In our last +1, we talked about Trevor Moawad’s ideas behind “The Illusion of Choice.”
We THINK we have a ton of choices.
But, if we’re REALLY committed to actualizing our potential, we don’t.
I mentioned the fact that we chatted about the EXACT same idea in the book I read right before Trevor’s called The Freak Factor. I promised to chat about that Today. So, let’s.
The Freak Factor.
I got that book after Tom Morris referenced it in his great book Plato’s Lemonade Stand. I mean, how can I resist a title like THAT? (Hah.)
The book is great. It’s by a guy named Dav!d Rendall who’s so freaky he spells his first name with an exclamation point instead of an “i.” (Hah.)
The basic theme of the book is captured in the sub-title: “Discovering Uniqueness by Flaunting Weakness.”
Our weaknesses? Quit trying to hide them. Or fix them. David tells us to FLAUNT them.
Check out the Notes for more on why and how.
For now, I want to chat about one of the ways Dav!d teaches us to Optimize our Freak Factor. It’s time for the parallel wisdom on The Illusion of (and the Paradox of) Choice.
Dav!d tells us: “All this talk of avoidance can seem quite limiting. However, limitations can actually help us succeed. Barry Schwartz, in his book The Paradox of Choice, explains that when we have too many choices, we struggle to make decisions. He encourages us to ‘learn to love constraints,’ because ‘as the number of choices we face increases, freedom of choice becomes a tyranny of choice. Routine decisions take so much time and attention that it becomes difficult to get through the day. In circumstances like this, we should learn to view limits on the possibilities that we face as liberating not constraining.’
Surprisingly, more options don’t liberate us; they paralyze us. As Erich Fromm explained in Escape from Freedom, ‘people are beset not by a lack of opportunity but by a dizzying abundance of it.’ It is counterintuitive, but limitations, not options, are what liberate us.”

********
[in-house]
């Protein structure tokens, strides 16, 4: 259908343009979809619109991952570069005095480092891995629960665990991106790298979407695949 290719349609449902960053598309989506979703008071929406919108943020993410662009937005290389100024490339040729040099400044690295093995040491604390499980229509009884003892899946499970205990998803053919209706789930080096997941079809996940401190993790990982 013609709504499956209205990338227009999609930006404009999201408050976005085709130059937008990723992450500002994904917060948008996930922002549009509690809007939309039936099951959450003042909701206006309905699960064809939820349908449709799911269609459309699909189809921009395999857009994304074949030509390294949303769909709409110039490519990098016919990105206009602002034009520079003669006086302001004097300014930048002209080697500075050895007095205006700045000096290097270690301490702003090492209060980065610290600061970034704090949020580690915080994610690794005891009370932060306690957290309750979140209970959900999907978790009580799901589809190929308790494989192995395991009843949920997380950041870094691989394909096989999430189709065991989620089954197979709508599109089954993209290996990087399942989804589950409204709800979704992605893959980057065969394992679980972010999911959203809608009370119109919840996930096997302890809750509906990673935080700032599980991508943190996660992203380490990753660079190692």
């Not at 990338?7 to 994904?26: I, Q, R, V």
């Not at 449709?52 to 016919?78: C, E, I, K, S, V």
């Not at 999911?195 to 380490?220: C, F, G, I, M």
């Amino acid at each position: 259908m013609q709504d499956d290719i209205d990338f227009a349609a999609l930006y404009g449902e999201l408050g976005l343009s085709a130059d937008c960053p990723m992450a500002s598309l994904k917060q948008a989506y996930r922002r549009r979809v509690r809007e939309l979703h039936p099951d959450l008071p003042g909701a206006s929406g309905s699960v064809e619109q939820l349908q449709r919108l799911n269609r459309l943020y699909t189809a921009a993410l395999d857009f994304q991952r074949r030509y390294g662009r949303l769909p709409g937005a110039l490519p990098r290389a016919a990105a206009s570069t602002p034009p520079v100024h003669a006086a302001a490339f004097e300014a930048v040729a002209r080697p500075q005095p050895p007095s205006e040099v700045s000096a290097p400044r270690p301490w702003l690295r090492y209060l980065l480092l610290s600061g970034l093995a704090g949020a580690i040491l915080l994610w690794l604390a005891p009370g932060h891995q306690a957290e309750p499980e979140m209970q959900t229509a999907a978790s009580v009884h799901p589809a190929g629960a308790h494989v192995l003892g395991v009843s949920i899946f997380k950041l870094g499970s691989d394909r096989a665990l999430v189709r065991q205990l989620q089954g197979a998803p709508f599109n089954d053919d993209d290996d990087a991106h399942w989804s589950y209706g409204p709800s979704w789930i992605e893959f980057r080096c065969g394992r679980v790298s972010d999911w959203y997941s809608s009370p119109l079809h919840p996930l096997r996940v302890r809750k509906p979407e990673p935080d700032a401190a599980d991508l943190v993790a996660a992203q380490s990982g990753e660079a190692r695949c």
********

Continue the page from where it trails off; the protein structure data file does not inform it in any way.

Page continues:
The Paradox of Choice.
We THINK that having unlimited options liberates us. But, alas, it doesn’t. Unlimited choice tends to PARALYZE us rather than free us.
Enter: Barry Schwartz and his wisdom from his wonderfully titled book The Paradox of Choice.
As we discuss in those Notes, he tells us that we can either be a “maximizer” who always tries to get the absolute BEST of EVERYTHING or, we can be a “satisficer” who knows when good enough is good enough (which is most of the time) and is happy with constraining options and going with the simple decision.
This is an especially tricky and important one for us to get as we Optimize.
I mean, our very NAME “Optimize” is derived from the Latin word optimus which, as we’ve discussed countless times, means “the best.”
Yes, striving to be the best version of ourselves in service to the world is nobly awesome.
Embracing the constraints of our reality and making sure we use those high standards and lofty ideals as guiding stars rather than “someday we’ll get there and finally be happy” distant shores is REALLY (!) REALLY (!!) REALLY (!!!) important.
As in REALLY (!!!) REALLY (!!!!!) REALLY (!!!!!!!) important. 🤓
Failing to REALLY get this leaves us vulnerable to succumbing to the perfectionistic tendencies that can make it very difficult to ENJOY and CELEBRATE the lives we’re living RIGHT NOW. (Trust me, I know. lol)
Limitations. Constraints. Etc.
They’re good for our well-being in general. And, they’re good for our creative expression in particular—we’ll talk more about that in our next +1.
Let’s keep all that in mind and remember to CELEBRATE all the awesome in our lives.